NASA unveiled an ambitious program Friday to commercialize low-Earth orbit, making way for visits by private-sector astronauts to the International Space Station as early as next year. It would also allow product development and even advertising aboard the space station, along with use of a station docking port for privately financed research and development modules.
NASA's five-part commercialization blueprint also calls for the agency to facilitate the development of technology needed for free-flying research labs it could then rent out in the future. And it urges work to "stimulate sustainable demand" for commercial R&D in a variety of fields ranging from in-space manufacturing to biomedicine.
Revenue from commercial use of the International Space Station will help offset ongoing operational costs, freeing up resources for NASA's accelerated Artemis program, which is aimed at sending astronauts back to the surface of the moon in just five years.
"We're reaching out to the private sector to see if you can push the economic frontier into space," said Bill Gerstenmaier, NASA director of space operations. "This is a shift for NASA that will be beneficial for the American economy and for the American citizens."
"The commercialization of low-Earth orbit will enable NASA to focus resources to land the first woman and the next man on the moon by 2024 as the first phase in creating a sustainable lunar presence and preparing for missions to Mars," Gerstenmaier said.
Private-sector astronauts — up to perhaps a dozen a year if demand is high enough — will be able to hitch rides to the station aboard Boeing or SpaceX commercial crew spacecraft now under development. They could spend up to 30 days at a time aboard the station. Two such launches could be accommodated per year.
NASA plans to throw in 90 hours of full-time agency astronaut crew time for commercial operations and underwrite delivery of up to 385 pounds of cargo per mission. The agency will even consider letting NASA astronauts participate in commercial marketing, at least in support roles "behind the camera."
NASA officials did not address whether the program might allow for any "space tourists" like the eight launches by the Russians between 2001 and 2009.
And in any case, access to the station will not come cheap. While the figures are subject to change, NASA initially plans to charge $11,250 per commercial crew member per day for life support and bathroom privileges and another $22,500 per day for crew supplies, including air and water. Data downlink? $50 per gigabyte.
The total cost would be about $35,000 per day, or just over $1 million per crew member for a 30-day visit. And those prices do not include transportation to and from the station.
The Russians charge NASA more than $80 million for a seat aboard a Soyuz ferry ship, but NASA expects seats aboard Boeing's CST-100 Starliner and SpaceX's Crew Dragon spacecraft to cost the agency in the neighborhood of $58 million each. How much Boeing and SpaceX might charge private-sector astronauts is not yet known.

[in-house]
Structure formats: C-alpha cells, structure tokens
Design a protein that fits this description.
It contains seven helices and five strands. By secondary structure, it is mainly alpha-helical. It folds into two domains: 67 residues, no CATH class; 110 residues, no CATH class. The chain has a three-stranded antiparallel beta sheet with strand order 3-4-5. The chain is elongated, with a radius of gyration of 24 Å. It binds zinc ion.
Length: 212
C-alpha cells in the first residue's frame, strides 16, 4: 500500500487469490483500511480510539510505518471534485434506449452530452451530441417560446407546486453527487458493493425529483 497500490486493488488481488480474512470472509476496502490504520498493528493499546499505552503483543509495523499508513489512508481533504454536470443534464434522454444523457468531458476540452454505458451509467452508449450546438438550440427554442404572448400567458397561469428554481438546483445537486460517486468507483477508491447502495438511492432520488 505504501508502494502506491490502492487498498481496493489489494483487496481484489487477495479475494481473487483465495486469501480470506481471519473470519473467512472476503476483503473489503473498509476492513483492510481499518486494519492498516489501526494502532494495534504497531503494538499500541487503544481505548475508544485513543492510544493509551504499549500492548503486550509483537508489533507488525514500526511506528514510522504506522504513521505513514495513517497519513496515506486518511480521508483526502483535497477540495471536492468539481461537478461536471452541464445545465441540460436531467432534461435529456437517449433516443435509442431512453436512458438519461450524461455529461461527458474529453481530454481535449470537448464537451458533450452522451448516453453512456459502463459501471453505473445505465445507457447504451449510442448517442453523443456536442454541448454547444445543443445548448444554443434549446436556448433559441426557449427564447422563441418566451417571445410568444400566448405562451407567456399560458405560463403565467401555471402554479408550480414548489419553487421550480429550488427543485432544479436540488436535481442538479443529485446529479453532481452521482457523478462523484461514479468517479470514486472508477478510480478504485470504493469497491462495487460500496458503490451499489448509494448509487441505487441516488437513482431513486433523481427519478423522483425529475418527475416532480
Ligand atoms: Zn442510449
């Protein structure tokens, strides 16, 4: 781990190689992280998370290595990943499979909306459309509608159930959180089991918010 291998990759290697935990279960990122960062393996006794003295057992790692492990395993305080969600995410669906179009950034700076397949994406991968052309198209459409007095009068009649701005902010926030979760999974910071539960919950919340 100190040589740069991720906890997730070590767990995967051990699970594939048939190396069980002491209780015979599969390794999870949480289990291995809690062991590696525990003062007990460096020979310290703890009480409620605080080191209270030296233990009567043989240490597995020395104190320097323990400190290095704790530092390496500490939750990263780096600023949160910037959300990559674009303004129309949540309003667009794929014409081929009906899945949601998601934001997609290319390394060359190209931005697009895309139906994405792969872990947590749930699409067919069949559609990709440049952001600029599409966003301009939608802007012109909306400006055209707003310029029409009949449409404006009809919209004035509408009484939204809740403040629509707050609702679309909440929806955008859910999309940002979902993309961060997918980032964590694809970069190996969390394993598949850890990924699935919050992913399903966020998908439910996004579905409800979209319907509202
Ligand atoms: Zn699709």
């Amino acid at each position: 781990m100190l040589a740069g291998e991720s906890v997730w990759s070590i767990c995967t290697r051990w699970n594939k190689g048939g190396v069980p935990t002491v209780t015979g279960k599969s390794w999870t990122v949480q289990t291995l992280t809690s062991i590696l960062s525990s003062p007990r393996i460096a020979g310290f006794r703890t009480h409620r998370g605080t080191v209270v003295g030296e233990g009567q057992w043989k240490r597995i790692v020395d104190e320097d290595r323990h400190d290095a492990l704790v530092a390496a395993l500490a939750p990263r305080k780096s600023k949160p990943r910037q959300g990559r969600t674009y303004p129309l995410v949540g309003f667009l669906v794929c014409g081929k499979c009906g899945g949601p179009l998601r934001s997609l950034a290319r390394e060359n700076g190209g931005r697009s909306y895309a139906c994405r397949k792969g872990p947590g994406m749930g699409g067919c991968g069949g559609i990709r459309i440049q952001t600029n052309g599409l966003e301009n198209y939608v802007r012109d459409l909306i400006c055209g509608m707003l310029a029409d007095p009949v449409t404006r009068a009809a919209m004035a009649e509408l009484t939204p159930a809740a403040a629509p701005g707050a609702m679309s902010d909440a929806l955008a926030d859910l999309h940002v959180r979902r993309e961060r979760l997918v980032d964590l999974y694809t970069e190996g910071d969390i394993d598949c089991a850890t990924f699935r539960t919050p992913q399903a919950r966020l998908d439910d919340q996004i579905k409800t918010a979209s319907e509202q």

"We're going to re-evaluate the pricing every six months," Jeff DeWit, NASA's chief financial officer, said of the agency's charges. "If a private astronaut is on station, they'll have to pay us while they're there for the life support, the food, the water; things of that nature."
NASA's cost per seat is going down compared to rides aboard the Russian Soyuz. "I would expect the cost to be in that [$58 million] range" for private astronauts, DeWit noted.
"The two companies right now that can do it are Boeing and SpaceX," he added. "And so, (private astronauts would) have to contract with them and whatever prices Boeing and SpaceX set is on them. But when they get to station, there will be a cost. It will be roughly about $35,000 a night per astronaut."
"But it won't come with any Hilton or Marriott points," he joked.
And not just anyone can book a flight. NASA documents say commercial and marketing activity aboard the space station must:
NASA astronauts "will be able to conduct coordinated, scheduled and reimbursable commercial and marketing activities consistent with government ethics requirements aboard the station," the agency said in a release.
Gerstenmaier said NASA will expect Boeing and SpaceX to handle all the arrangements for visits by commercial astronauts.
"We're looking to the private sector to do the training, to do the transportation, to work out the accommodations, to be the interface between the individuals that want to fly the private astronauts and us," Gerstenmaier said. "So we expect the private sector companies to do all that."
NASA and its international partners — Russia, the European Space Agency, Canada and Japan — have approved operating the space station through 2024. NASA has carried out engineering studies showing the lab can be safely operated through at least 2028, but the Trump administration earlier indicated it wants to end direct government funding for station operations by the 2025 timeframe.
DeWit said the 2025 date is one of several proposals under consideration by lawmakers and "right now, there's no real firm date" for a transition to commercial operations.
"But any of those dates starts with this right now, which is inviting our commercial partners to come aboard," DeWit said. "This is the first step. In a year or two, we can have a much clearer picture of when a transition could happen."